What change would you like to see for women in your industry?

I would like to see less pressure on women to do it all. Although we’ve made leaps and bounds in terms of women being able to invest their time and energy into having a career without judgement, the previous pressures haven’t gone away. 

The pressure on women to look after children, do housework, make all the social plans for a partner, to look polished all the time… all these things haven’t relaxed to be in equilibrium with career pressures. So now women just have the pressure of everything. I would like to see less expectation of women to have careers and be able to do everything else on top of a full-time job, it’s not fair!

Abigail Rebecca – The Visibility Goddess

Human Design Visibility Coach

Image by NJ Photo

Describe your business and the difference it aims to create

I’m a Visibility and Human Design Business Mentor. I run global retreats and workshops to help visionary entrepreneurial women activate their unique Human Design, be more authentically visible and grow their conscious business empires without the hustle.

What’s the biggest lesson you’ve learnt from being a business leader?

Early on in my business, I was feeling so frustrated that I wasn’t attracting the number of soul clients and business opportunities that I truly desired. I really wanted to transform lives but I was so worried about being judged or criticised by others that I remained low key and practically invisible. To be honest I thought that people wouldn’t like ‘the real me’. And I was comparing myself to others and beating myself up because I wasn’t as successful as they were. 

My biggest breakthrough came when I learnt to embrace and love the real me. I accepted my imperfections and quirks and realised they were the things that would differentiate me and leverage my brand and business to create success.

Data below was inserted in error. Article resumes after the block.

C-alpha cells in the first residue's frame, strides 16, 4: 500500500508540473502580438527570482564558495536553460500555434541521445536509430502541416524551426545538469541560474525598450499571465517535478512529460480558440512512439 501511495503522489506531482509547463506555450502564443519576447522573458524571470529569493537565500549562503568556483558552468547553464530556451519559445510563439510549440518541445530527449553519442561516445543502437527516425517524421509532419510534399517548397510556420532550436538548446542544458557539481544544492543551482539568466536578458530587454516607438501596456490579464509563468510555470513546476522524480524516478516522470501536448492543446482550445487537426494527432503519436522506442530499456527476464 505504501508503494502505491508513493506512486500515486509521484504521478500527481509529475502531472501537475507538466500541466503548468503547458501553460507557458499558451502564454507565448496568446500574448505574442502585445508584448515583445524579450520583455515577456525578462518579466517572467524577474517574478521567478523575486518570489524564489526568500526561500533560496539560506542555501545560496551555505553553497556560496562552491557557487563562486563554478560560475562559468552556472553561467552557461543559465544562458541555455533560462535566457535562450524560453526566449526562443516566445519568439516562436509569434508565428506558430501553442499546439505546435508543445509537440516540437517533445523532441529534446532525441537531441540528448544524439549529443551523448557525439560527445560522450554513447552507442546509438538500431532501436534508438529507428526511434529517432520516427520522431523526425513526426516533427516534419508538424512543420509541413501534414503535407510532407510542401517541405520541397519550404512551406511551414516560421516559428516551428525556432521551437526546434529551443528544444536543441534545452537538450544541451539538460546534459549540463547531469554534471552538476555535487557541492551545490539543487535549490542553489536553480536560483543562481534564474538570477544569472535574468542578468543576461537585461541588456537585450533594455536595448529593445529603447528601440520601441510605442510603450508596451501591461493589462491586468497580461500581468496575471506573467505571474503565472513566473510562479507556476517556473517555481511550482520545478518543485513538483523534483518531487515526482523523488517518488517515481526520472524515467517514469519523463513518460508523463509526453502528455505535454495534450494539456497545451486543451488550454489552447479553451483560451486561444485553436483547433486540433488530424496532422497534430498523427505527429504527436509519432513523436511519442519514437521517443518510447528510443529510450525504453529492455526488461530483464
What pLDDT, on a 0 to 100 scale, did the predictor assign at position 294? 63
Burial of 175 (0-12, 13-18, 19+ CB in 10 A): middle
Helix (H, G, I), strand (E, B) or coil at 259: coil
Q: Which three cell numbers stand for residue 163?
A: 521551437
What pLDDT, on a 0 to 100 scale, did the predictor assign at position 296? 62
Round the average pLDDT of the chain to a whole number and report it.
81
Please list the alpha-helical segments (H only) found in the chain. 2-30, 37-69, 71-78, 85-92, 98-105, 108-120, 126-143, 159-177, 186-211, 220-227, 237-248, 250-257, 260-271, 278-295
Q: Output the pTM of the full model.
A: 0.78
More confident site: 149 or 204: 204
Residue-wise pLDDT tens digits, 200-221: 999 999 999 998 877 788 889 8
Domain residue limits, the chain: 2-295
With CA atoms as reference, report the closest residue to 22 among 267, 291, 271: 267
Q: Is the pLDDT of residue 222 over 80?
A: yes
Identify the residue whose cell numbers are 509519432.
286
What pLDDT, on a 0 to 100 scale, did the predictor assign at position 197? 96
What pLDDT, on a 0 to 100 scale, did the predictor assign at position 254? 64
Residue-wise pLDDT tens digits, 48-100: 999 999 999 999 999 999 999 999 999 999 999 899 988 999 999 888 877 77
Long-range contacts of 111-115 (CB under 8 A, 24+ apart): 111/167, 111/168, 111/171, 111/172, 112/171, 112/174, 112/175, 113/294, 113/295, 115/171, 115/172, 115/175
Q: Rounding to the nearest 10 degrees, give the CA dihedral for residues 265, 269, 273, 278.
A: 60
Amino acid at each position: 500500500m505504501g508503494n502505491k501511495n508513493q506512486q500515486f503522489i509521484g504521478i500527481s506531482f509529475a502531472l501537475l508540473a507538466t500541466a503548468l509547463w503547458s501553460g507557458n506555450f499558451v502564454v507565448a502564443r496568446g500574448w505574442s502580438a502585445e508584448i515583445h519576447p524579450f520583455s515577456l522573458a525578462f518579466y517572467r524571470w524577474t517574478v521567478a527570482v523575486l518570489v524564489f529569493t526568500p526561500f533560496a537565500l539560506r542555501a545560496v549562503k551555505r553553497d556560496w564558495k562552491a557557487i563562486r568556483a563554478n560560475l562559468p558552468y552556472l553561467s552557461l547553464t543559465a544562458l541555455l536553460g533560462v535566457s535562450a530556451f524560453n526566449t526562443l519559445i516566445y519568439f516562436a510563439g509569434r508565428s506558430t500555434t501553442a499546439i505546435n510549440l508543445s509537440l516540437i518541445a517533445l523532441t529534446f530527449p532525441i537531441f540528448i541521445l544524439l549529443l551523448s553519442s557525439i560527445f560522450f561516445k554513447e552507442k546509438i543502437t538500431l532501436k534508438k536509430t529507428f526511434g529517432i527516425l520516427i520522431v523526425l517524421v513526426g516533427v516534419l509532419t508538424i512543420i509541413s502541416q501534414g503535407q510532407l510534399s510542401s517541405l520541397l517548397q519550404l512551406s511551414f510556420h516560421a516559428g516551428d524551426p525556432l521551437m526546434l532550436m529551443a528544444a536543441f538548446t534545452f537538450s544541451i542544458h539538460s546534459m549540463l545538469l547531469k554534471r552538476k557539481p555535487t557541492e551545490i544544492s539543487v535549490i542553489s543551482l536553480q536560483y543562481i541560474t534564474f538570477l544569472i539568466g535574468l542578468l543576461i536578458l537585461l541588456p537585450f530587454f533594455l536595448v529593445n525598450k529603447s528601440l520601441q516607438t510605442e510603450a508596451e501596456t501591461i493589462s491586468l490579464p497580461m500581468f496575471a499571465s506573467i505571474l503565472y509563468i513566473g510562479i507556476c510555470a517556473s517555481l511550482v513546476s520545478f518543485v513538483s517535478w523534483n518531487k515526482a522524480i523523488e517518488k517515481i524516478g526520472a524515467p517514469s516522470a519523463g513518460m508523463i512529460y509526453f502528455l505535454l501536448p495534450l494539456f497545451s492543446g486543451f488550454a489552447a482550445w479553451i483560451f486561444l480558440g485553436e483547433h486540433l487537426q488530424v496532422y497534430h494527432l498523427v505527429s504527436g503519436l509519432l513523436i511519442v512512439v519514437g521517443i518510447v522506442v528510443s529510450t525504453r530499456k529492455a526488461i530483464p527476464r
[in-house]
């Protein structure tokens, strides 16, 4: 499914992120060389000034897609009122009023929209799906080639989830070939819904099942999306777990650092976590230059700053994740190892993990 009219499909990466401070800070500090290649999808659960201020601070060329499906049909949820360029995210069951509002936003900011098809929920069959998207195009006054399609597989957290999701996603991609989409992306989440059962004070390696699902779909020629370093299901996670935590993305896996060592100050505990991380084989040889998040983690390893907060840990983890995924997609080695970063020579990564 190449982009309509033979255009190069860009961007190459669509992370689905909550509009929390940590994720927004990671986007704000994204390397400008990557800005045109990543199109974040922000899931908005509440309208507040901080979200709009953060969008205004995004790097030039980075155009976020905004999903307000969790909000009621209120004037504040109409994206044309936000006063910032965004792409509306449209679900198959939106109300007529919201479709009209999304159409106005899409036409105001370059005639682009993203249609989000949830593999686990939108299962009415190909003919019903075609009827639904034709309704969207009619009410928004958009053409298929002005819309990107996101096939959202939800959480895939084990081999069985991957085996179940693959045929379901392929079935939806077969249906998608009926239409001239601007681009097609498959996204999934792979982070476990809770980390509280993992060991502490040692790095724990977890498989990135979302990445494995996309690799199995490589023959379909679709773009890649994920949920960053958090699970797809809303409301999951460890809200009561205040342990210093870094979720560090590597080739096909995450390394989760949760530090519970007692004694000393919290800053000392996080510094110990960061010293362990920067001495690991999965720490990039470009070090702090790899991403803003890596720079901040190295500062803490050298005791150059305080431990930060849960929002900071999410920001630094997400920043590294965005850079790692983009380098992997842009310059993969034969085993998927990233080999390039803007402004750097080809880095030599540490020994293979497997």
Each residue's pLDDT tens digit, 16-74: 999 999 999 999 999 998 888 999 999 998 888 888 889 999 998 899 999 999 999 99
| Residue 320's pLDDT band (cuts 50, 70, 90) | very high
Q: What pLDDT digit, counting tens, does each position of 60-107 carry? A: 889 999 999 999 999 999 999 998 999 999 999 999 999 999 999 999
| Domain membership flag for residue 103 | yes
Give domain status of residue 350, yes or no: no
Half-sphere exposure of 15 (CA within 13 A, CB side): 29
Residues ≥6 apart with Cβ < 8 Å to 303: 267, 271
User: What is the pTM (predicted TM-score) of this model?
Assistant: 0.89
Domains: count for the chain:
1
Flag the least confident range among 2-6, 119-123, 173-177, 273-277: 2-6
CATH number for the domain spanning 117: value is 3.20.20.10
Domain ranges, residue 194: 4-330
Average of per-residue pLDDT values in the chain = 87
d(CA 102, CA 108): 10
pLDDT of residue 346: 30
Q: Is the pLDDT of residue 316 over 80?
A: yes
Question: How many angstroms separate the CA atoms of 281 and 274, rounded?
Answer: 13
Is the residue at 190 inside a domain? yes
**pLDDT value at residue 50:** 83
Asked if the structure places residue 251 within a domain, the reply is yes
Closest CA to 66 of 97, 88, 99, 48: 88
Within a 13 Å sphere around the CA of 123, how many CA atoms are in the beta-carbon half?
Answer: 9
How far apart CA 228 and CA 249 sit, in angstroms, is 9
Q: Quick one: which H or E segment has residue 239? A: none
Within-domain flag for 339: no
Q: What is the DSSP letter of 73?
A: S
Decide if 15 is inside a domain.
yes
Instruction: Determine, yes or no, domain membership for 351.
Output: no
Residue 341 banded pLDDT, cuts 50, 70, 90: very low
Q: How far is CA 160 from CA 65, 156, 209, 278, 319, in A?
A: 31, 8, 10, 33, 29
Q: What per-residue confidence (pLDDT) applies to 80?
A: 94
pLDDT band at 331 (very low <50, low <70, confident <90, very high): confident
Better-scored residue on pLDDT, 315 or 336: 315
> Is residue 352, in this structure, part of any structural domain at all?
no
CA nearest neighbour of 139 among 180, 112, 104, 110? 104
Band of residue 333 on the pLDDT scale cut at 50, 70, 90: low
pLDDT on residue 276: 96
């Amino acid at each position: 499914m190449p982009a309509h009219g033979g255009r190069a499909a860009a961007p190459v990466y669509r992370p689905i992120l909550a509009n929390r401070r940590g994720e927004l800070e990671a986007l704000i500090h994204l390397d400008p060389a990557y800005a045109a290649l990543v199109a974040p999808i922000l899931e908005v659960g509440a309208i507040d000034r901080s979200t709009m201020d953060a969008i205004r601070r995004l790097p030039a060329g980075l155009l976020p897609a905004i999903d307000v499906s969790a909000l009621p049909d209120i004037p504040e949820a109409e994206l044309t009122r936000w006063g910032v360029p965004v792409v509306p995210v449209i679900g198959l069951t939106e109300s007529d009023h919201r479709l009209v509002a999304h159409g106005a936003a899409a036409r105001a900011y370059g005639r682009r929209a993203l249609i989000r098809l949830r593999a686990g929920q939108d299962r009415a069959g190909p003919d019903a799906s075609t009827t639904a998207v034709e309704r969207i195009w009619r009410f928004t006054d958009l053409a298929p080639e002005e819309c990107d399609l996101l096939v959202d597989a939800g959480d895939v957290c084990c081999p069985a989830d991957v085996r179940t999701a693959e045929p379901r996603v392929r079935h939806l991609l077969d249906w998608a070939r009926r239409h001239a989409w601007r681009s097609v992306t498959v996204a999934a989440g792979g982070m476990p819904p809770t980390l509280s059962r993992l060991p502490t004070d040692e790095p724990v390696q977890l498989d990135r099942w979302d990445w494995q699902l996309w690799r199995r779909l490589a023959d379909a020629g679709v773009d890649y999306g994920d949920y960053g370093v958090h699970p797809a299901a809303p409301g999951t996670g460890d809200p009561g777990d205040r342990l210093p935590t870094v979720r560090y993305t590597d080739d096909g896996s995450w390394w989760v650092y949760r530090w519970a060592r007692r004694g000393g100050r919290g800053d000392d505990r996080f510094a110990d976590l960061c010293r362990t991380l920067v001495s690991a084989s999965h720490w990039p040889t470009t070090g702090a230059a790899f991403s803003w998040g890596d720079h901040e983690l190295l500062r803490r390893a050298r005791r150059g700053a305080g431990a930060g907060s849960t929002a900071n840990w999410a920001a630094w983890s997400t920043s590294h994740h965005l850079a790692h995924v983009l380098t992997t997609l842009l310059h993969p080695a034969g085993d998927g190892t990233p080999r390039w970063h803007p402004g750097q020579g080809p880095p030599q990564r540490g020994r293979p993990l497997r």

I learnt how to overcome the blocks that were holding me back from being visible and started focussing on the difference I wanted to make in the world.

What change would you like to see for women in your industry?

As women, we are the creators and the manifestors. We are nurturing, intuitive, collaborative and multi-faceted. So I would like to see more visible, confidently expressed, wealthy women in the world. Women who are not afraid to stand up and speak their truth. Women who don’t feel they have to hustle to prove themselves and be successful. And women who support one another and celebrate each other’s success.

Women are incredible leaders when we are our most abundant, empowered, aligned and blissful selves.

Kristina Pereckaite

Managing Director at South East Angels

Describe your business and the difference it aims to create 

South East Angels was founded with the objective of increasing investment activity in the region. Today, the community is made up of 20+ investors who have made 10 investments to date, making the group the most active business angel investors in Brighton. We like to challenge the status quo of the traditional angel network by delivering a social investing experience for our members.

What’s the biggest lesson you’ve learnt from being a business leader?

A lot of people have succeeded simply because they kept going. In every founder journey there are moments where it feels like it isn’t going to work, like you want to give up, like it’s just too hard. But it is exactly in those moments that you need to push forward. You just have to keep going, that’s how you succeed.

What change would you like to see for women in your industry?

Currently, only 15-18% of all angel investors are women and there is a general lack of diversity of thought and experience to appropriately represent the need for capital and innovation. We are passionate about encouraging more diversity in the angel investment world and recently launched an initiative called Future Angels to help more women become angel investors.

There are so many incredible women all over the world who are forging change both within and outside of their industries. To find out more about IWD, how others are raising awareness, celebrating success, and showing support, head to www.internationalwomensday.com/

To stay up to date with news of the soon-to-launch updated Projects events program, you can sign up for our mailing list by visiting our website www.projectsclub.co.uk/

Also celebrate IWD as FemFest this week (6-12th March)